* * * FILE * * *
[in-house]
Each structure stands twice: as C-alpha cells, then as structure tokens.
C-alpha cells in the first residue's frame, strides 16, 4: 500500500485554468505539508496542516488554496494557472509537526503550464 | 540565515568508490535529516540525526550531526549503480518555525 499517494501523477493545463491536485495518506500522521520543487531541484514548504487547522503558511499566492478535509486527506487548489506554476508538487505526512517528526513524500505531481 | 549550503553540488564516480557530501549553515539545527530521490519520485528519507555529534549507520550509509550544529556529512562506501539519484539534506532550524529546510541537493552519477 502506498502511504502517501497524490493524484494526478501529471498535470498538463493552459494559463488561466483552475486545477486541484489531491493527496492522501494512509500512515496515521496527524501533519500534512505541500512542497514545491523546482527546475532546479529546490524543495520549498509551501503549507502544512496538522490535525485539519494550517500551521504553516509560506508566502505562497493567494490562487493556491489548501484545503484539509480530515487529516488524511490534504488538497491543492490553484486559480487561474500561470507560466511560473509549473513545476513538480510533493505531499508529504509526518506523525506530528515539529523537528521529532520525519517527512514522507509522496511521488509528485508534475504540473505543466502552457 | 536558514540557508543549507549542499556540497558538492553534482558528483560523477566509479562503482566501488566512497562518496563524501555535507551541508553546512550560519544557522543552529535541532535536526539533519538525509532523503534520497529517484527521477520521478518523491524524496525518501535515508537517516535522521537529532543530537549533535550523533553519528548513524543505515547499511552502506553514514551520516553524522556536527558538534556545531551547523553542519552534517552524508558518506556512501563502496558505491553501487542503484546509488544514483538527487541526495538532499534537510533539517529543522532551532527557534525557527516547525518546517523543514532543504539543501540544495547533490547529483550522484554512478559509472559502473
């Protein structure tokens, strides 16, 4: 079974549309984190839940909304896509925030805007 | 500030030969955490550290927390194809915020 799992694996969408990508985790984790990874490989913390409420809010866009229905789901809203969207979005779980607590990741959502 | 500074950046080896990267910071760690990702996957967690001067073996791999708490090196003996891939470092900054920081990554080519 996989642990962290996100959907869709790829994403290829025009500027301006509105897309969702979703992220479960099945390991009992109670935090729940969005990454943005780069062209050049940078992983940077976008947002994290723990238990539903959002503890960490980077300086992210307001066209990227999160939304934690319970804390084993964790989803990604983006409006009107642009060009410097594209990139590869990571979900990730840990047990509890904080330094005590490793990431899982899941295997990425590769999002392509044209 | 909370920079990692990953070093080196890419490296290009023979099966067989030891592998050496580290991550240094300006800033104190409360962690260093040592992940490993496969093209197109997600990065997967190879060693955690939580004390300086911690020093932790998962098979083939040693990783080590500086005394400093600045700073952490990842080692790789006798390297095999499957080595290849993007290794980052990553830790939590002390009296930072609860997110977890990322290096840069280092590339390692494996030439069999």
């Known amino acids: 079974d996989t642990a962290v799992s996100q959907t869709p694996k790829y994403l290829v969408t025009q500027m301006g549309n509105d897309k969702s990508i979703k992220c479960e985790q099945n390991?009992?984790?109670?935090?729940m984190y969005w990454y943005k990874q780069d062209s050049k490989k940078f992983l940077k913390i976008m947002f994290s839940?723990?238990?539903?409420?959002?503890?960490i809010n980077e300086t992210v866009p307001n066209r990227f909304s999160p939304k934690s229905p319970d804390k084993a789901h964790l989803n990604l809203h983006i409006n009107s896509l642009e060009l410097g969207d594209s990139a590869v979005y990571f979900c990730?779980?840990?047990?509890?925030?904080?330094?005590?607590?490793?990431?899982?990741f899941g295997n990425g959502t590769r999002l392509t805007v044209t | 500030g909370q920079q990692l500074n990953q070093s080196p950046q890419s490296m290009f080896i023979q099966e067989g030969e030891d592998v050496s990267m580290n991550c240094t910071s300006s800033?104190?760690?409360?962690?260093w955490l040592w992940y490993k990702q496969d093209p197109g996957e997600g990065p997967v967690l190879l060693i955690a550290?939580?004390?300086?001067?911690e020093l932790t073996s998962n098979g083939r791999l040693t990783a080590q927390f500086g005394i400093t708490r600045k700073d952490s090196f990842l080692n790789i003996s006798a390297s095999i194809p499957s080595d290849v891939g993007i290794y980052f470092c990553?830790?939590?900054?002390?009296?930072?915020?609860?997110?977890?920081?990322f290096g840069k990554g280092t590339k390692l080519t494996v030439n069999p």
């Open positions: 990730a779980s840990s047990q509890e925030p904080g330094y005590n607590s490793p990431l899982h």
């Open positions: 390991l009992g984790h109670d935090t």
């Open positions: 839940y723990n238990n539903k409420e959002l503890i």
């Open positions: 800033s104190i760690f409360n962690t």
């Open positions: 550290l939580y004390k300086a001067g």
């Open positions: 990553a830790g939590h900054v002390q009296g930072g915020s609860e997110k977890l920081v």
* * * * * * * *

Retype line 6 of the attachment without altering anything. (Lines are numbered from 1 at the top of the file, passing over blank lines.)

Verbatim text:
């Open positions: 990730a779980s840990s047990q509890e925030p904080g330094y005590n607590s490793p990431l899982h």